US 4774164 A
Patterning a chrome mask with PBS (polybutenesulfone) photoresist is enabled in a plasma reactor by covering the patterned photoresist with a glass layer, planarizing the glass layer, etching the photoresist and then etching the chrome mask. The pattern transferred to the chrome mask is the negative or inverse of the pattern in the photoresist layer.
1. A process for plasma etching a first layer in the presence of a patterned, decomposable mask layer comprising the steps of:
covering said first layer and said mask layer with a layer of glass to fill the pattern in said mask layer;
planarizing said glass layer so that the upper surface of said glass layer is approximately the same height as said mask layer;
removing said mask layer to expose portions of said first layer and etching said exposed portions of said first layer by contacting said mask layer with a plasma glow discharge to remove the mask layer and continuing said discharge to etch said first layer.
2. The process as set forth in claim 1 wherein said etch of the first layer is anisotropic.
3. The process as set forth in claim 1 wherein said covering step comprises spinning on a glassy slurry and baking the layer to increase the density thereof.
4. The process as set forth in claim 1 wherein said first layer comprises chrome and said glow discharge is in a gas mixture comprising CCl.sub.4 and CO.sub.2.
5. The process as set forth in claim 1 wherein said covering step comprises:
coating said first layer to a thickness of 100-200 nm. over the pattern in said mask layer.
6. The process as set forth in claim 1 wherein said mask layer comprises e-beam photoresist.
7. The process as set forth in claim 6 wherein said mask layer comprising poly(olefin sulfone).
8. The process as set forth in claim 7 wherein said mask layer comprises PBS.
As illustrated in FIG. 1, substrate 10, which preferably comprises glass or quartz, has deposited thereon layer 11, which typically comprises chrome. Substrate 10 is typically 90 mils thick, while chrome layer 11 is typically 800 to 900 angstroms thick. Layer 12 of photoresist, such as PBS, is formed on layer 11 and patterned in a wet chemical etch as described above. Photoresist layer 12 is preferably 3000 to 4000 angstroms in thickness, which is somewhat thinner than the typical thickness of this layer in the prior art. Since PBS is a positive photoresist and it is desired to obtain a positive image, layer 12 is patterned with the inverse image. This is readily accomplished, as known in the art, by a setting on the e-beam machine. Except for layer 12 being an inverted image, the structure of FIG. 1 with which the process of the present invention starts, is similar to the structure in prior art processes.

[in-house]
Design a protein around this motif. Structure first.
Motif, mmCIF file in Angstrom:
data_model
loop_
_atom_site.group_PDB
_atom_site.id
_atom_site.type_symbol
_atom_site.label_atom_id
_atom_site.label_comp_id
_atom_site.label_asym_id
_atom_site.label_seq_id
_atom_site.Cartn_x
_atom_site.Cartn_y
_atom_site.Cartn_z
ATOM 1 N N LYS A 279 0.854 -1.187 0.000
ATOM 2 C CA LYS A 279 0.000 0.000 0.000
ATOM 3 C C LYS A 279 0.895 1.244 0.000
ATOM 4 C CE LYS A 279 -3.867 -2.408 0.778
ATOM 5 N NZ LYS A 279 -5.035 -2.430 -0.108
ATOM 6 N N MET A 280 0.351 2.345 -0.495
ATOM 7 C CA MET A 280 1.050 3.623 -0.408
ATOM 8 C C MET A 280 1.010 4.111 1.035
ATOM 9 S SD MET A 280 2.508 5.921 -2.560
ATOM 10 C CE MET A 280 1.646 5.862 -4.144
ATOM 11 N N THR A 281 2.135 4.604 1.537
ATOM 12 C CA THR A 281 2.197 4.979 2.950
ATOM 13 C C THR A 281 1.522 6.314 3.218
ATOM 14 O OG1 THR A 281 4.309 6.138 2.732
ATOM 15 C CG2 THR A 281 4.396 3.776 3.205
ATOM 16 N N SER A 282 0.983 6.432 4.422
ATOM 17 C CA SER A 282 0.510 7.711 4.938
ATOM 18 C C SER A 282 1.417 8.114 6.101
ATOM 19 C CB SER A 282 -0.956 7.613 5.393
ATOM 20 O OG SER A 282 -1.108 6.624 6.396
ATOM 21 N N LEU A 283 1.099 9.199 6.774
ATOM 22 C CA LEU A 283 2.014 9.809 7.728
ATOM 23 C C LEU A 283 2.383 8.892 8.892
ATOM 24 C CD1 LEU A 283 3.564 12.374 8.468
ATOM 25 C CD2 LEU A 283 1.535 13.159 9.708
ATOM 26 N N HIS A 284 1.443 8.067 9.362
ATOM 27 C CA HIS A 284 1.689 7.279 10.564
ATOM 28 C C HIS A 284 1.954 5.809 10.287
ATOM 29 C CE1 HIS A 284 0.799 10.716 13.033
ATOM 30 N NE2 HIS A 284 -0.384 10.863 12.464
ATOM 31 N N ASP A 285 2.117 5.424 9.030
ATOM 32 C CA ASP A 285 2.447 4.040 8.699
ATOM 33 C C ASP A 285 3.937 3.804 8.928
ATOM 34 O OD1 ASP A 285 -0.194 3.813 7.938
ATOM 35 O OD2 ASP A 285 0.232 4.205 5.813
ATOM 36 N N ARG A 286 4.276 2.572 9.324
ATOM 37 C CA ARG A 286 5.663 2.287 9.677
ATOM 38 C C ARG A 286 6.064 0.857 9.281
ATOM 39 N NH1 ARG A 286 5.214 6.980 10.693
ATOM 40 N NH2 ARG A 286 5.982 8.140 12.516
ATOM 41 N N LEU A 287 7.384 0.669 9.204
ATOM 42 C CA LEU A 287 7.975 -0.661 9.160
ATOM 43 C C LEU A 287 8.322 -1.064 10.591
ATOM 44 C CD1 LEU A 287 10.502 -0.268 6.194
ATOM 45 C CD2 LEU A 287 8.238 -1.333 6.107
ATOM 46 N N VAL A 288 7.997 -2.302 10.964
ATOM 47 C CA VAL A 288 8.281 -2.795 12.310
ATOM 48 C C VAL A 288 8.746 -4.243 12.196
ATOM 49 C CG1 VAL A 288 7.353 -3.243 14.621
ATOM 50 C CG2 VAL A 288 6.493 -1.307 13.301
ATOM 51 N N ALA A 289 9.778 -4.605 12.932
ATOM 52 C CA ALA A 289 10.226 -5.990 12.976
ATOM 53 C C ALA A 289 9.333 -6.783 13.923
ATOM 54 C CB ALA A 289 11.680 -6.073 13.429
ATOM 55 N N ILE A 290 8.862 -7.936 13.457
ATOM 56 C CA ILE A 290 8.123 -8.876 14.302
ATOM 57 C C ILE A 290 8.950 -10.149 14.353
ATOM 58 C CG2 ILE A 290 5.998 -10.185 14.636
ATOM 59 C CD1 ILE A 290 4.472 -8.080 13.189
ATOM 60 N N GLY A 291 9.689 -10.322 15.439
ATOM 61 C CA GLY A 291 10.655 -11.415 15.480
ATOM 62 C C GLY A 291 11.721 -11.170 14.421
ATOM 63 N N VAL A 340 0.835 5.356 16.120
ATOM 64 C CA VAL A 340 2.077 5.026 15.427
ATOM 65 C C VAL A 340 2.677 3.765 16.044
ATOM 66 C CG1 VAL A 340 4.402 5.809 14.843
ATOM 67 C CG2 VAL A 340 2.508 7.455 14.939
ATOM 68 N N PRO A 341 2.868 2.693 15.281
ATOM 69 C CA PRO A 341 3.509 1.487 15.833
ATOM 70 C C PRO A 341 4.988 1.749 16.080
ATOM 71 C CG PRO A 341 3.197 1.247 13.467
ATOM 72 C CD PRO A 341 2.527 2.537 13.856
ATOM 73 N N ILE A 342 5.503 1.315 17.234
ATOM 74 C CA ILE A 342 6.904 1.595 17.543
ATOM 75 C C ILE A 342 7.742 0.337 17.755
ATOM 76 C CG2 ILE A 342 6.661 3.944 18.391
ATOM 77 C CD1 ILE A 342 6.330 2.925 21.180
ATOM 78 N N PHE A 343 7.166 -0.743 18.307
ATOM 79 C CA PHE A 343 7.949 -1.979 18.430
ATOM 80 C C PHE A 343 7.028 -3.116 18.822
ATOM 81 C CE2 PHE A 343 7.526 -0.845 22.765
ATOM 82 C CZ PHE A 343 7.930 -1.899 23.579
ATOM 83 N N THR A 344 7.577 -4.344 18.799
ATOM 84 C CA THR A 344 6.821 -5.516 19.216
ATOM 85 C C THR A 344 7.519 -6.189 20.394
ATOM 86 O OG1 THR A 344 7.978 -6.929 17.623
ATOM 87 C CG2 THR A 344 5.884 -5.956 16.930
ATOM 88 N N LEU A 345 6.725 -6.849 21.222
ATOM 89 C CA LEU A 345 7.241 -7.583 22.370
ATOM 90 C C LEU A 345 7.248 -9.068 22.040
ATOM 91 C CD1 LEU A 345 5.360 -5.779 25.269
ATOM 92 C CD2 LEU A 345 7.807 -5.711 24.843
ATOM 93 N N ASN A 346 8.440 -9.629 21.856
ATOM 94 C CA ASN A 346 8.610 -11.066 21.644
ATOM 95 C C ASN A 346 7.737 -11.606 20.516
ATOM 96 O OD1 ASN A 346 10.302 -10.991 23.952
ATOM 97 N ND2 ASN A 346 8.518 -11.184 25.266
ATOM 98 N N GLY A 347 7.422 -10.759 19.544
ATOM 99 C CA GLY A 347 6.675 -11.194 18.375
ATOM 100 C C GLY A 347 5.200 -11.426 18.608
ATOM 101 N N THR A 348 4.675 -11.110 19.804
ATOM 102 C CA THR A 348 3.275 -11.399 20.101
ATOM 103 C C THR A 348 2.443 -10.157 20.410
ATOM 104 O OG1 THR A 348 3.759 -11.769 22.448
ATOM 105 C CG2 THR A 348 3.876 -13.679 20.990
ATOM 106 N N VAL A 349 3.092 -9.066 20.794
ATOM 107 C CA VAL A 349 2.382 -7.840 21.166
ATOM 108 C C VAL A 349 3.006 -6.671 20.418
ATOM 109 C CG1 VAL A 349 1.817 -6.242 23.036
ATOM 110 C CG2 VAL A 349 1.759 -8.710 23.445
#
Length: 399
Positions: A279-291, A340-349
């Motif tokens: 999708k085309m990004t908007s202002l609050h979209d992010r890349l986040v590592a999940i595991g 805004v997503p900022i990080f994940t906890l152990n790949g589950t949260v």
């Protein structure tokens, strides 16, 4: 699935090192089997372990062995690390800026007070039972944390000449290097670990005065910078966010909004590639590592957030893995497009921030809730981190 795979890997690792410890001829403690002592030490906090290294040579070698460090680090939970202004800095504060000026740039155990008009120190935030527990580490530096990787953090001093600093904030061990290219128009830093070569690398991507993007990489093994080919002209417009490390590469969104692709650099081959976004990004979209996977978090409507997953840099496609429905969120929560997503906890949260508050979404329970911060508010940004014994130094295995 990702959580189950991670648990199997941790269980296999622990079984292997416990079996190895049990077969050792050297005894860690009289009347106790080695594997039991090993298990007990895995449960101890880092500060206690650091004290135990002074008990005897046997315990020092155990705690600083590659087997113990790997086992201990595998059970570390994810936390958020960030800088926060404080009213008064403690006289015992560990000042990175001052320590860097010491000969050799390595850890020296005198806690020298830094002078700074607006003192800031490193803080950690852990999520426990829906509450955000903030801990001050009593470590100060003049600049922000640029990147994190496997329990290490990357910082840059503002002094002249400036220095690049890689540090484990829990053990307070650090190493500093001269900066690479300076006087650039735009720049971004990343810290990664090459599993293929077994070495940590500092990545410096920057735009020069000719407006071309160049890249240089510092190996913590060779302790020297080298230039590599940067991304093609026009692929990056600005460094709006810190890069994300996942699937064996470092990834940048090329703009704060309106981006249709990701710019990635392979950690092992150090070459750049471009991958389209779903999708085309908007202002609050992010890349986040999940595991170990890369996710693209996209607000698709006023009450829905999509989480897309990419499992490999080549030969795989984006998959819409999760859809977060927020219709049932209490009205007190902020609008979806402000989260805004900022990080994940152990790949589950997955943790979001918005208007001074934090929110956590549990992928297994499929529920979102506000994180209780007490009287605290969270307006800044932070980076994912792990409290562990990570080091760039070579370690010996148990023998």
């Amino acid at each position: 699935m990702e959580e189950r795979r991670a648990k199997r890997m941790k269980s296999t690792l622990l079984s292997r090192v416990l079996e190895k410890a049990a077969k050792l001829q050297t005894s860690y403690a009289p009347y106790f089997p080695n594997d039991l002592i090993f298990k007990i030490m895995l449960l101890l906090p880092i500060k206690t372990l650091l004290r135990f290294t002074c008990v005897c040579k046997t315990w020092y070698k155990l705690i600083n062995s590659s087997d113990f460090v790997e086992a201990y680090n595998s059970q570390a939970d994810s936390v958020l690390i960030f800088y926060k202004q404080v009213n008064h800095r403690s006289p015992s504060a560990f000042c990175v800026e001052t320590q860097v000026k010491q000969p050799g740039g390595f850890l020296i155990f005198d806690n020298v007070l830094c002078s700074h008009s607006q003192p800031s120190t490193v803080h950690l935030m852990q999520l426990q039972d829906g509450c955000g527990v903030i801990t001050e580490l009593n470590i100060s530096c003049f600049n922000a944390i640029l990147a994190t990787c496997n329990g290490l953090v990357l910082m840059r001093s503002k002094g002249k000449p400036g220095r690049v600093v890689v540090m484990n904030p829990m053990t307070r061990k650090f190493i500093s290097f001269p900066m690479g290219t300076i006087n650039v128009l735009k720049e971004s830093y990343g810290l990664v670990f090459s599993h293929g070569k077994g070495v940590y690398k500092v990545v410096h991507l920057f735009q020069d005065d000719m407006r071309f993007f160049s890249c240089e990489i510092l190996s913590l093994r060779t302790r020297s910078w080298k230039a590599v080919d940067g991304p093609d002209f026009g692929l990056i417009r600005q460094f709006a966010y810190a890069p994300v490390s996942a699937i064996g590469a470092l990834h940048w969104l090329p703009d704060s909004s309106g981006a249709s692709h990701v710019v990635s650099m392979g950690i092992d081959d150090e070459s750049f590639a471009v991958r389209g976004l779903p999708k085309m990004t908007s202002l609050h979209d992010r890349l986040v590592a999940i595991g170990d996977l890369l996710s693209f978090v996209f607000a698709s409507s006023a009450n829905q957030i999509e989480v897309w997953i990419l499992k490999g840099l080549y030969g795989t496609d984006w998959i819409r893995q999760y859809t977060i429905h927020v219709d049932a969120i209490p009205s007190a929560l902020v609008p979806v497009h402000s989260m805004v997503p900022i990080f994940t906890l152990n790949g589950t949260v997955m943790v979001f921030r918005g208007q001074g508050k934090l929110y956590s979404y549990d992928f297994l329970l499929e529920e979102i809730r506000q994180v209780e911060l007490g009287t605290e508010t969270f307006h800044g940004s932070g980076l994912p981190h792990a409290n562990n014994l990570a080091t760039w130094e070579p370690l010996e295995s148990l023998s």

FIG. 2 illustrates the next step in the process in accordance with the present invention wherein layer 13 of glass is deposited over layer 12 to a thickness greater than the thickness of layer 12. Layer 13 can be formed in any suitable manner, for example, by using a spin-on glass. In one embodiment of the present invention, layer 13 comprised what is known in the art as Accuglass 203 as commercially available from Allied Chemicals. The glass was applied using a spin-coater turning at 4000 rpm to provide a glass layer having a thickness over the photoresist of approximately 1000 to 2000 angstroms. For the particular glass used, this corresponds to a spin of about 20 seconds duration. As understood by those of skill in the art, a wide variety of combinations of glass viscosity and spin speeds will produce the same final thickness of glass.
After the glass layer is applied, its density can be increased by baking it, e.g. at 120 degrees Centigrade for approximately 30 minutes. This not only may increase the density of the glass but tend to smooth it somewhat. Alternatively, the baking can take place between the steps of FIGS. 3 and 4. This permits a higher bake temperature, e.g. 400 bake in the presence of photoresist 12. It is understood by those of skill in the art that the illustration of FIG. 2 is somewhat idealized in that the actual pattern of photoresist does not have vertical sidewalls.
As illustrated in FIG. 3, glass layer 13 is then etched down to the thickness of layer 12 in an operation known as planarization. It is necessary for the following step that the etch of layer 13 be sufficient to assure that upper surface 14 of photoresist layer 12 is fully uncovered to expose the pattern contained in layer 12. Upon planarization, layer 13 is no longer continuous across the surface of the substrate but comprises a plurality of separate areas, such as area 15.
The planarization of layer 13 can be carried out with a relatively standard etch in a plasma reactor. For example, an etch utilizing 10 SCCM of CHF.sub.3, 20 SCCM of C.sub.2 F.sub.6, and 30 SCCM of helium at a pressure of 2 torr and a power of 400 watts at 13.56 MHz provided adequate planarization of layer 13 in 15-30 seconds.
As illustrated in FIG. 4, the photoresist is then removed exposing areas of chrome layer 11. In practice, some of the photoresist is removed as a result of the previous treatment of the substrate which has the effect of decomposing photoresist 12. Any photoresist remaining on layer 11 is decomposed by the following step in which layer 11 is exposed to a plasma etch.
FIG. 5 illustrates the result of etching chrome layer 11 to form a plurality of separate regions such as regions 16 and 17. Chrome layer 11 may be etched in any suitable mixture of gases. For example, in one embodiment of the present invention, chrome layer 11 was etched in a mixture of 20 SCCM carbon tetrachloride and 20 SCCM carbon dioxide at a pressure of 300 millitorr at a power of 220 watts. Under these conditions, layer 11 was etched into regions 16 and 17 in approximately 1 minute. In addition, any PBS overlying chrome layer 11 was also removed.